Stanford Offers Free Tuition to Families Earning $100K or Less

While approving a tuition hike for next year, Trustees also continued a program of free tuition for middle class families.

By Kathleen J. Sullivan

The Stanford University Board of Trustees has approved a 3.5 percent increase in undergraduate tuition for the 2013-14 academic year, and reaffirmed its commitment to keeping a Stanford education accessible and affordable through need-blind admission and its generous need-based financial aid program.

Total undergraduate charges will increase to $56,411 next year, including $42,690 for tuition and $13,166 for room and board.

Under Stanford's undergraduate financial aid program, now in its fifth year, students from families with incomes below $60,000 pay no tuition, room or board. Those with incomes of $100,000 or less pay no tuition. Families with significantly higher incomes may also qualify for assistance depending on their individual circumstances. Students are expected to pay a portion of their college costs from summer jobs and part-time campus jobs during the school year, but loans are not required.

Stanford has almost doubled its funding for need-based financial aid since 2007 and is providing $130 million in need-based aid this year. Thanks to substantial increases in financial aid, the net cost of attendance in 2012, adjusted for inflation, remains largely unchanged since 2001.

"Throughout the economic challenges of the past several years, Stanford has not wavered in its commitment to generous financial aid to assure that the brightest students can attend Stanford, regardless of their financial circumstances," said Steven A. Denning, chair of the Board of Trustees. "Our objective remains to preserve access to a world-class education for all students."

At its Feb. 11-12 meeting, the Board of Trustees also approved a 3.5 percent tuition increase for general graduate, graduate engineering, medical and law students, and a 3.9 percent increase for first-year MBA students for the 2013-14 academic year.

Tuition provides half of Stanford's $1 billion general funds budget, which supports many of the core academic and administrative functions of the university.

The general funds budget helps fund, among other things, the undergraduate financial aid program, faculty and staff salaries and the purchase of library books.

Denning emphasized that Stanford's need-based financial aid program for undergraduates remains a university priority. About 70 percent of undergraduates receive financial aid toward the cost of attendance from internal or external sources, and about 50 percent receive need-based scholarships from Stanford. This year, more than 3,400 Stanford undergraduates are receiving need-based financial aid.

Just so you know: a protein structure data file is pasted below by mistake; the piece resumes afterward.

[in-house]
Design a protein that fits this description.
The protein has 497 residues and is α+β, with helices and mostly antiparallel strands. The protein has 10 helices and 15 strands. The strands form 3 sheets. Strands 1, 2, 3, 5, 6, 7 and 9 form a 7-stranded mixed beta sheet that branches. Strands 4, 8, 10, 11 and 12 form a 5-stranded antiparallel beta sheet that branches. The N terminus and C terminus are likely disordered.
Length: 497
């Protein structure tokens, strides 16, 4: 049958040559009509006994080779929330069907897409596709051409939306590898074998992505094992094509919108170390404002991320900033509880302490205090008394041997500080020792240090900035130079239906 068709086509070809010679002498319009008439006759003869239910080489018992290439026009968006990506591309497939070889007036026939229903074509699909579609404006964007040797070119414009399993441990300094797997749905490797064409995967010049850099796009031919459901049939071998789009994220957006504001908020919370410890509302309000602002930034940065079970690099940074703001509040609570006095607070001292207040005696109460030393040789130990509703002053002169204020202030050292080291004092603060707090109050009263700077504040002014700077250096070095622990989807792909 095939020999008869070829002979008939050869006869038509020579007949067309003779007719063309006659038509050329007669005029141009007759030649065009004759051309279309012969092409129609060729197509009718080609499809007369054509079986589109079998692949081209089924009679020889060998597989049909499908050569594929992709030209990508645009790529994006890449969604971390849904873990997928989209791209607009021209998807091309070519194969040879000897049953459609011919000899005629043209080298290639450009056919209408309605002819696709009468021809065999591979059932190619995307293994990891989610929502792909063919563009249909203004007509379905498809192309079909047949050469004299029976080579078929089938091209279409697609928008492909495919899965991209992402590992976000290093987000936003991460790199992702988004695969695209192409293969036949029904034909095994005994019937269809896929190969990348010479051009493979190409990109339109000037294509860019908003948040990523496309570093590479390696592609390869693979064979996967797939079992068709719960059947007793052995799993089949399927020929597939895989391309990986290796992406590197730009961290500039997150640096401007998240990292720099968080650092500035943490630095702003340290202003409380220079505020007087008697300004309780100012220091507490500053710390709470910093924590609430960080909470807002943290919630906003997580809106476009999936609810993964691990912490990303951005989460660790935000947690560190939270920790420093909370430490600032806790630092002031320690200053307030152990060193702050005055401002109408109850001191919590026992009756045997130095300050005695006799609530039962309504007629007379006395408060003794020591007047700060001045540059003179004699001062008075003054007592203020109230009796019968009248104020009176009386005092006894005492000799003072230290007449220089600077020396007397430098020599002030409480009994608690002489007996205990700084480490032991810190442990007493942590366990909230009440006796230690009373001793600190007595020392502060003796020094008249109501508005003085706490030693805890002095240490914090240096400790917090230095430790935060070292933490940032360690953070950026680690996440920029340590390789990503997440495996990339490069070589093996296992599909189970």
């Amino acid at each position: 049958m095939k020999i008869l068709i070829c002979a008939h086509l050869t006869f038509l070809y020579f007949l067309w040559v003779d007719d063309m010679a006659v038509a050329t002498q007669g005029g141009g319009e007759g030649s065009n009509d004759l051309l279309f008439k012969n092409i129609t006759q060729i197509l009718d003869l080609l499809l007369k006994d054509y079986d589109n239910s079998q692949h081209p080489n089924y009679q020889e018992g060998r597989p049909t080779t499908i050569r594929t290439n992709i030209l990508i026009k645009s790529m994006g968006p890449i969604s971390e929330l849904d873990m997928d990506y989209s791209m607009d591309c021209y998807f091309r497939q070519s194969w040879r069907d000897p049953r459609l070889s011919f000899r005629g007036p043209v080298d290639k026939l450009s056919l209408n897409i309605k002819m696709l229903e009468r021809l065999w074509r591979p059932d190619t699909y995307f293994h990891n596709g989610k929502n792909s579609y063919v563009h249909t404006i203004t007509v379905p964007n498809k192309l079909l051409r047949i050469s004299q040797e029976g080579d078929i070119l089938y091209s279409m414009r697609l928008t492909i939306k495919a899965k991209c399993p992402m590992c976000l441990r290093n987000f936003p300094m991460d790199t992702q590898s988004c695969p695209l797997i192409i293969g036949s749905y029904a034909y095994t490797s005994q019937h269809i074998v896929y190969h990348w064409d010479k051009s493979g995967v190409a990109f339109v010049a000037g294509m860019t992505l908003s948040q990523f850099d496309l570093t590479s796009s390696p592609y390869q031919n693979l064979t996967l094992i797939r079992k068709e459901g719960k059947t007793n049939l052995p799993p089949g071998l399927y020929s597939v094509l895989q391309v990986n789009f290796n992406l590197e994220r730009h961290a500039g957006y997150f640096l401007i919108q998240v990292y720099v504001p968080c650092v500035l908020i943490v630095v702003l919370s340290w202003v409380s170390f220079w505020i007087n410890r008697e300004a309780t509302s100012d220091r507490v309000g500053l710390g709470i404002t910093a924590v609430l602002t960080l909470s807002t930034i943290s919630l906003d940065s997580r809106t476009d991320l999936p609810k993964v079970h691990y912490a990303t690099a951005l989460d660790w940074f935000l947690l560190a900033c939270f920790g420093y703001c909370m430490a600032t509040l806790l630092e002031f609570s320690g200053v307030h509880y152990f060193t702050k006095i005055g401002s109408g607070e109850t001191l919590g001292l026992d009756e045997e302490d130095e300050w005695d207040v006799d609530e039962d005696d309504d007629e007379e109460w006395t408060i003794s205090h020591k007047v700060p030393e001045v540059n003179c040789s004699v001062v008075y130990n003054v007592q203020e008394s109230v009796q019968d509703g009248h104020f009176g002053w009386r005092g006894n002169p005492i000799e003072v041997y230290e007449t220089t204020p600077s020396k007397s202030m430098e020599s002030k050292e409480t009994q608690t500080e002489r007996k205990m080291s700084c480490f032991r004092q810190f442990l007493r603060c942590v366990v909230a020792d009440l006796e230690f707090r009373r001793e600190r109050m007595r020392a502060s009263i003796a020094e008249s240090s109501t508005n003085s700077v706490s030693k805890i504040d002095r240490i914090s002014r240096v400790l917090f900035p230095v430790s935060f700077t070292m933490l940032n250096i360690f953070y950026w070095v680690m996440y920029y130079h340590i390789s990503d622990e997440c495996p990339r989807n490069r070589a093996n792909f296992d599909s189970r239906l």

The financial aid program helps ensure that most Stanford undergraduates leave the Farm free of student loan debt.

Seventy-five percent of the Class of 2012 graduated debt-free, said Karen Cooper, director of financial aid at Stanford. Of the 25 percent who graduated with some debt, the median amount was $11,632 – half of the students owed more and half owed less.

Charges for undergraduate education

Undergraduate tuition will increase 3.5 percent to $42,690 in 2013-14, compared with $41,250 this year.

Next year, total room and board charges will rise 3.5 percent to $13,166, including $7,650 for campus housing and $5,516 for meal plans. Currently, total room and board charges are $12,721, including $7,323 for campus housing and $5,398 for meal plans.

Total undergraduate charges will rise 3.5 percent to $56,411 in 2013-14, compared with $54,506 this year.

Graduate tuition

General graduate tuition will rise 3.5 percent to $42,690 in 2013-14, compared with $41,250 this year.

The general graduate tuition rate for students taking 8 to 10 units also will rise 3.5 percent to $27,750 next year, compared with $26,820 this year.

The four-quarter terminal graduate registration (TGR) tuition, a special tuition rate for graduate students who have completed their coursework and are currently working on their dissertations, will rise 3.5 percent to $11,104 in the 2013-14 academic year, compared with $10,728 this year.

Tuition for graduate students in the School of Engineering will increase 3.5 percent to $45,480, compared with $43,950 this year.

Tuition at Stanford Law School will rise 3.5 percent to $50,580, compared with $48,870 this year.

At the Graduate School of Business, current MBA students will pay $57,300 in tuition next year, the same amount they paid this year, under a program in which MBA students pay the same tuition during each of their two years of study.

Tuition for entering MBA students will rise 3.9 percent to $59,534 in the 2013-14 academic year, compared with $57,300 for the MBA class that entered last year. (Students enrolled in PhD programs at the Graduate School of Business pay the same rate as general graduate students.)

At the School of Medicine, tuition will rise 3.5 percent for students under the new and old tuition plans. (The Medical School changed the structure of medical tuition in the 2010-11 school year.)

Under the new plan, tuition for incoming first-year MD students, and existing second- and third-year MD students, will increase to $49,000 next year, compared with $47,344 this year. Medical students beyond the third year still fall under the 2009-10 structure. Next year, their tuition will rise to $51,657, compared with $49,910 this year.

The Campus Health Service Fee, a mandatory fee for all students on the main campus, will increase to $185 per quarter in 2013-14, compared with $179 per quarter this year.


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